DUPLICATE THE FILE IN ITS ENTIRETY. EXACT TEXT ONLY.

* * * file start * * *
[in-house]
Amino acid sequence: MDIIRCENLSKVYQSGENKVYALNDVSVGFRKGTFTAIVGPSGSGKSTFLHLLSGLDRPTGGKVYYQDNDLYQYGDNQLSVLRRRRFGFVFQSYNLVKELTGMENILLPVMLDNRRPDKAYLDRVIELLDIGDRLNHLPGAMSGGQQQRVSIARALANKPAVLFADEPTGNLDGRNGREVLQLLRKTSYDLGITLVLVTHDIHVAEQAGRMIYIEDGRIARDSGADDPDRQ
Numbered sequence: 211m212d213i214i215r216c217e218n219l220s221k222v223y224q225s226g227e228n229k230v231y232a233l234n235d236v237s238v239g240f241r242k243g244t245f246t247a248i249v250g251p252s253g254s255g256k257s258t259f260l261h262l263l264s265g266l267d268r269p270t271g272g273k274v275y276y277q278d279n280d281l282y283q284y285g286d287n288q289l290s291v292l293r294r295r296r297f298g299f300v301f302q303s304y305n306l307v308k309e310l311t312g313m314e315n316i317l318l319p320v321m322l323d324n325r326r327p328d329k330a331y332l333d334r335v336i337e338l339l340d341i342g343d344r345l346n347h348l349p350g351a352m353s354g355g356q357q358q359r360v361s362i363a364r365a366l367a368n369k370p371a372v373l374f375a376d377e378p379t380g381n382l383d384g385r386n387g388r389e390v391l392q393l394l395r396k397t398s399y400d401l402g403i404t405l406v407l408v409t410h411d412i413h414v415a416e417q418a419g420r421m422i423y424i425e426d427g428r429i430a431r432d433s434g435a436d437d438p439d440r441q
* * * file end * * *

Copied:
[in-house]
Amino acid sequence: MDIIRCENLSKVYQSGENKVYALNDVSVGFRKGTFTAIVGPSGSGKSTFLHLLSGLDRPTGGKVYYQDNDLYQYGDNQLSVLRRRRFGFVFQSYNLVKELTGMENILLPVMLDNRRPDKAYLDRVIELLDIGDRLNHLPGAMSGGQQQRVSIARALANKPAVLFADEPTGNLDGRNGREVLQLLRKTSYDLGITLVLVTHDIHVAEQAGRMIYIEDGRIARDSGADDPDRQ
Numbered sequence: 211m212d213i214i215r216c217e218n219l220s221k222v223y224q225s226g227e228n229k230v231y232a233l234n235d236v237s238v239g240f241r242k243g244t245f246t247a248i249v250g251p252s253g254s255g256k257s258t259f260l261h262l263l264s265g266l267d268r269p270t271g272g273k274v275y276y277q278d279n280d281l282y283q284y285g286d287n288q289l290s291v292l293r294r295r296r297f298g299f300v301f302q303s304y305n306l307v308k309e310l311t312g313m314e315n316i317l318l319p320v321m322l323d324n325r326r327p328d329k330a331y332l333d334r335v336i337e338l339l340d341i342g343d344r345l346n347h348l349p350g351a352m353s354g355g356q357q358q359r360v361s362i363a364r365a366l367a368n369k370p371a372v373l374f375a376d377e378p379t380g381n382l383d384g385r386n387g388r389e390v391l392q393l394l395r396k397t398s399y400d401l402g403i404t405l406v407l408v409t410h411d412i413h414v415a416e417q418a419g420r421m422i423y424i425e426d427g428r429i430a431r432d433s434g435a436d437d438p439d440r441q